An initiative that would replace San Jose’s medical marijuana ordinance is headed to voters. On Tuesday, the City Council will likely task Mayor Sam Liccardo with penning an argument and rebuttal to include for the June 7 special election ballot, which is also when California holds its presidential primary.
San Jose enacted its pot regulations in the summer of 2014 and spent the ensuing year-and-a-half enforcing them to reduce the number of collectives from about 80 to now 16 in compliance.
Proponents of the Sensible San Jose measure qualified it for the ballot in 2014, but tabled the effort until last fall. Oakland-based attorney James Anthony, who’s leading the campaign, revived the measure after Gov. Jerry Brown signed off on statewide cannabis regulations that reaffirmed local control.
Anthony’s initiative would amend city code to allow collectives in agricultural, commercial, pedestrian, commercial and industrial neighborhoods. According to the council, that would open more than 31,000 parcels of land to pot clubs—a 5,000-percent increase.
“The ballot initiative before us would undermine the thoughtful regulatory framework council approved,” Mayor Liccardo, Vice Mayor Herrera and council members Don Rocha, Johnny Khamis and Pierluigi Oliverio wrote in a memo. “[It would] instead acquiesce to the desires of a few members of the industry to allow marijuana sales to proliferate.”
The estimated cost of the ballot measure will be $924,478, which includes base cost, impartial analysis, arguments and rebuttals.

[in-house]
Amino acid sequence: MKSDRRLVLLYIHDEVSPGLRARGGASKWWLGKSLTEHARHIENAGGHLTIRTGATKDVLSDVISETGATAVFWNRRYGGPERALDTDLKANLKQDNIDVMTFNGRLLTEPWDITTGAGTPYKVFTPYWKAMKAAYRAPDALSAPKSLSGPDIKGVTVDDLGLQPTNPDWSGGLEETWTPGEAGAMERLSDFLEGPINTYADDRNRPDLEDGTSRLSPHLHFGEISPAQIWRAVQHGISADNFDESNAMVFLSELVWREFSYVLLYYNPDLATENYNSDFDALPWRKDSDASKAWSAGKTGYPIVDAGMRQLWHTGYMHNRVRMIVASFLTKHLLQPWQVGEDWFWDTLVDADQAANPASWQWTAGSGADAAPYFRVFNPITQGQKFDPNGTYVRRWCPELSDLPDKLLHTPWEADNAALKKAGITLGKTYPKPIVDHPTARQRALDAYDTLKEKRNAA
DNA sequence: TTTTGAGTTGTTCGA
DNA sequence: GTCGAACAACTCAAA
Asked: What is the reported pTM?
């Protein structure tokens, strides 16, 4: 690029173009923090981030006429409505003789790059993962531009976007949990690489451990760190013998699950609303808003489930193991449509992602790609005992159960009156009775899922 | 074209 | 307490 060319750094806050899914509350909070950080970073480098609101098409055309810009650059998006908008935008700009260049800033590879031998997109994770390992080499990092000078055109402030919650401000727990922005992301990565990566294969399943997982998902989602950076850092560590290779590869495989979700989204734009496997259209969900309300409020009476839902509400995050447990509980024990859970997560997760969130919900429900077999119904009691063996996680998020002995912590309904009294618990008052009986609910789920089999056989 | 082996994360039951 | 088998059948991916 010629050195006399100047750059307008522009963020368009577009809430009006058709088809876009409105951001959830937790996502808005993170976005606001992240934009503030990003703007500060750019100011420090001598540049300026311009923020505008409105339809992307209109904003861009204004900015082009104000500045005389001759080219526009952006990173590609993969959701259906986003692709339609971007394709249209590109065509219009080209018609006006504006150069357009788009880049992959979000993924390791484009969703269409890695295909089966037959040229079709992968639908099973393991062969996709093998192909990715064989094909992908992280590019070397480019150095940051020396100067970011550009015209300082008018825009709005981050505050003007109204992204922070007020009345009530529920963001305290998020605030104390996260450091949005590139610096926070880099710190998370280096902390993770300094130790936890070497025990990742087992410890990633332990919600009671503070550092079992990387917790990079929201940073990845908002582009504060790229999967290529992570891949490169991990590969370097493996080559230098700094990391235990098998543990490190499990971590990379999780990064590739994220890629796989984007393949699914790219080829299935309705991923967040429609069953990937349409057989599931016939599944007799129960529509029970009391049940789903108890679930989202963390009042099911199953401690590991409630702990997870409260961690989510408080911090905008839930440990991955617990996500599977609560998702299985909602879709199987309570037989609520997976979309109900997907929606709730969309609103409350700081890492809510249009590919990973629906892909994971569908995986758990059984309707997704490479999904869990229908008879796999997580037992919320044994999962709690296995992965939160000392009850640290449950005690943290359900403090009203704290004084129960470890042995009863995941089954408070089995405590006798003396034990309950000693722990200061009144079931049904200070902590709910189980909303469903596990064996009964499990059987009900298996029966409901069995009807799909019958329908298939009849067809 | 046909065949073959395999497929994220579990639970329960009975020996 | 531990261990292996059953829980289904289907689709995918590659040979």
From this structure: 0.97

More from the San Jose City Council agenda for March 1, 2016:
- San Jose will spend about $7.9 million to upgrade permitting software for planning, building, code enforcement, fire and public works. In this past fiscal year, the city processed about 42,000 applications and permits with a construction valuation of $1.3 billion.
- Contractors of a public housing project failed to submit their payroll records on time, which prevented the city from being able to tell whether the company paid its workers a living wage. Coast Building Products, a subcontractor working on the Ford Road Family Housing project, paid restitution to 18 underpaid workers and $8.9 million in liquidated damage assessment to the city more than a year ago. But the prime contractor L&D Construction Co., which is liable for subcontractors, has asked the city for a refund.
- On Feb. 25, The Atlantic ran a story about San Jose’s beleaguered financial state. “One would think that the richest city in America would have better roads,” the article began. “And more police officers. And more adequate housing for the poor. And yet, San Jose, which has the highest medial household income of any major city in the country … also has some of the worst roads in the county, a shrinking police department … and until the city shut it down, one of the largest homeless encampments in the nation.” A week later, the city has released its own financial assessment, which echoes some of the problems outlined in the piece. While the city has seen a modest increase in revenues from a stronger economy, it grapples with dramatically reduced staff and services and a $1.1 billion backlog in infrastructure maintenance and $3.3 billion in unfunded pension liabilities and health benefits. Click here to read the entire report.
WHAT: City Council meets
WHEN: 1:30pm Tuesday
WHERE: City Hall, 200 E. Santa Clara St., San Jose
INFO: City Clerk, 408.535.1260